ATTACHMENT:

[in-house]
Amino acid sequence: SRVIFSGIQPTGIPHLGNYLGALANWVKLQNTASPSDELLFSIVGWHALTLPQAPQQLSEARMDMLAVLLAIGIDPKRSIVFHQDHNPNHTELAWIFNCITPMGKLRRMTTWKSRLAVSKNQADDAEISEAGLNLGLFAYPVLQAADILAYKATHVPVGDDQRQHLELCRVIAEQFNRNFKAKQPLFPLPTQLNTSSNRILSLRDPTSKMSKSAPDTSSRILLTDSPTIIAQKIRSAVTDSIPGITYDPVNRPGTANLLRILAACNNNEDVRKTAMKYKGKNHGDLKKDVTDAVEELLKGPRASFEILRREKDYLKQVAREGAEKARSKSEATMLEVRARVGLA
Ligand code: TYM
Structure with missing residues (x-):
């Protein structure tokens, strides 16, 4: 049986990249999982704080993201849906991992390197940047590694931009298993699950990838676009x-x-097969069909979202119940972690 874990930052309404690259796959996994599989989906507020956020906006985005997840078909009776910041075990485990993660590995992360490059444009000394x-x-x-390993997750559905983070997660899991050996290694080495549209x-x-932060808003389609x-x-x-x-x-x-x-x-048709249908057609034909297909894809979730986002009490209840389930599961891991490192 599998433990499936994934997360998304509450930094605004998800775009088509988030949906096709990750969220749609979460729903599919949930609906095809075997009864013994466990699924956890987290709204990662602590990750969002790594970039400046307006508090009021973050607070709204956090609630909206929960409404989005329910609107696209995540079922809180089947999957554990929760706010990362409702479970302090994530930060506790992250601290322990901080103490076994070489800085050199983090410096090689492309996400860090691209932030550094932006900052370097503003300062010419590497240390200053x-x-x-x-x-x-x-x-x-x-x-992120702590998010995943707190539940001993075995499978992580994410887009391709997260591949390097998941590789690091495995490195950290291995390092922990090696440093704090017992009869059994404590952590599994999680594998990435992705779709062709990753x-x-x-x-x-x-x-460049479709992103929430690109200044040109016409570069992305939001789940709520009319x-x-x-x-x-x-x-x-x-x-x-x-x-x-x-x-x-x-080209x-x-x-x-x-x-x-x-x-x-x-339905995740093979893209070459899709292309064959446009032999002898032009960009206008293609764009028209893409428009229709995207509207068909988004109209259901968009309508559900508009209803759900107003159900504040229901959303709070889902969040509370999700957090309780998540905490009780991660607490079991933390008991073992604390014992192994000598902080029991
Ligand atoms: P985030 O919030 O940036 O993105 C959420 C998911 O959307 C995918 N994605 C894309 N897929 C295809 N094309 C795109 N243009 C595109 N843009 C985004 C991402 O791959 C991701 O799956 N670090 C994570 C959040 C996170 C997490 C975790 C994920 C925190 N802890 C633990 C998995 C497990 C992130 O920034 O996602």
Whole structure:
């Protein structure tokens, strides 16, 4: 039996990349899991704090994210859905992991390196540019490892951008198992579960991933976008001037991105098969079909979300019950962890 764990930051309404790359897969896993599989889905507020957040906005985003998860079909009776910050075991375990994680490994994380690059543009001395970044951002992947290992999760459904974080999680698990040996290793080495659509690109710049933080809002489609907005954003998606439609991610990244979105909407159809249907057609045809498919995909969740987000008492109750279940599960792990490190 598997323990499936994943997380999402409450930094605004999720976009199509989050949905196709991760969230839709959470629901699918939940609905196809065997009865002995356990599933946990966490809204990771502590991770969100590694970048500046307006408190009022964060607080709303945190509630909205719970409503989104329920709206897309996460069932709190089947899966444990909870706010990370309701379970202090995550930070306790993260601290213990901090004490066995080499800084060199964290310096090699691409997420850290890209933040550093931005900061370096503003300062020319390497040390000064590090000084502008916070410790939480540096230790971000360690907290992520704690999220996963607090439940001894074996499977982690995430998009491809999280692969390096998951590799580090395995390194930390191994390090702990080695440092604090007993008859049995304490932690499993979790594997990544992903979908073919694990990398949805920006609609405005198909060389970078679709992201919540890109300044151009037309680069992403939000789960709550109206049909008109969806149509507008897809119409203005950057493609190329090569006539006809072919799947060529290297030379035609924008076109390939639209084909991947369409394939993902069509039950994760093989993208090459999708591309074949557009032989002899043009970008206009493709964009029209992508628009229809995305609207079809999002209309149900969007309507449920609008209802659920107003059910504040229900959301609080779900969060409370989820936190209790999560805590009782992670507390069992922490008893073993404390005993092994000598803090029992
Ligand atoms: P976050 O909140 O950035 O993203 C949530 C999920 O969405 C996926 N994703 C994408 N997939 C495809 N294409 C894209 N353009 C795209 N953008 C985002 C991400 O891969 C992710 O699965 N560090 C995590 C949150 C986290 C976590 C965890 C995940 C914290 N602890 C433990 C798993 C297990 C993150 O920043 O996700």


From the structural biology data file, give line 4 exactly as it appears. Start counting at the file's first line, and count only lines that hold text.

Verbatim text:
Structure with missing residues (x-):